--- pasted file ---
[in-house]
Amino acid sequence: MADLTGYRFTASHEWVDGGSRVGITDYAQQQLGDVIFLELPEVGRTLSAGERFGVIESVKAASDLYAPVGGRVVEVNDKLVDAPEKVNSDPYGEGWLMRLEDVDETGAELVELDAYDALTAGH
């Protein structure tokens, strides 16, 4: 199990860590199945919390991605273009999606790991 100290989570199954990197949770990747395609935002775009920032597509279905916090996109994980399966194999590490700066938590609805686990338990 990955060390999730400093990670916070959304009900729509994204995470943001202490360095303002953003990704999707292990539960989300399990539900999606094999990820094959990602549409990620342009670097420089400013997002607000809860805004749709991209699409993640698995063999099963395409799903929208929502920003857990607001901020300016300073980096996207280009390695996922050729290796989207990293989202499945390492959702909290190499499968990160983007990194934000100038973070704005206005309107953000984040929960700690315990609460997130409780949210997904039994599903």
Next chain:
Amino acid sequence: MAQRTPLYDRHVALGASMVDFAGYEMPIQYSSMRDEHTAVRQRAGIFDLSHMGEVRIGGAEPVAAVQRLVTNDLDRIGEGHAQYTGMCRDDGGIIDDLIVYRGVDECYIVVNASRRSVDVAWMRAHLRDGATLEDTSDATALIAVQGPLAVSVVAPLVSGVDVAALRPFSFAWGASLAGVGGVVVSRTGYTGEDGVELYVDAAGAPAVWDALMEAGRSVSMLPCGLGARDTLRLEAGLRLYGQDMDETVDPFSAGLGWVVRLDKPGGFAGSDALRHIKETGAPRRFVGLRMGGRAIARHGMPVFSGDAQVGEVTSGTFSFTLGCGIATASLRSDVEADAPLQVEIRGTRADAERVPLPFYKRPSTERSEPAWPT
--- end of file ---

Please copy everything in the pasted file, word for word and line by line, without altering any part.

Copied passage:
[in-house]
Amino acid sequence: MADLTGYRFTASHEWVDGGSRVGITDYAQQQLGDVIFLELPEVGRTLSAGERFGVIESVKAASDLYAPVGGRVVEVNDKLVDAPEKVNSDPYGEGWLMRLEDVDETGAELVELDAYDALTAGH
């Protein structure tokens, strides 16, 4: 199990860590199945919390991605273009999606790991 100290989570199954990197949770990747395609935002775009920032597509279905916090996109994980399966194999590490700066938590609805686990338990 990955060390999730400093990670916070959304009900729509994204995470943001202490360095303002953003990704999707292990539960989300399990539900999606094999990820094959990602549409990620342009670097420089400013997002607000809860805004749709991209699409993640698995063999099963395409799903929208929502920003857990607001901020300016300073980096996207280009390695996922050729290796989207990293989202499945390492959702909290190499499968990160983007990194934000100038973070704005206005309107953000984040929960700690315990609460997130409780949210997904039994599903």
Next chain:
Amino acid sequence: MAQRTPLYDRHVALGASMVDFAGYEMPIQYSSMRDEHTAVRQRAGIFDLSHMGEVRIGGAEPVAAVQRLVTNDLDRIGEGHAQYTGMCRDDGGIIDDLIVYRGVDECYIVVNASRRSVDVAWMRAHLRDGATLEDTSDATALIAVQGPLAVSVVAPLVSGVDVAALRPFSFAWGASLAGVGGVVVSRTGYTGEDGVELYVDAAGAPAVWDALMEAGRSVSMLPCGLGARDTLRLEAGLRLYGQDMDETVDPFSAGLGWVVRLDKPGGFAGSDALRHIKETGAPRRFVGLRMGGRAIARHGMPVFSGDAQVGEVTSGTFSFTLGCGIATASLRSDVEADAPLQVEIRGTRADAERVPLPFYKRPSTERSEPAWPT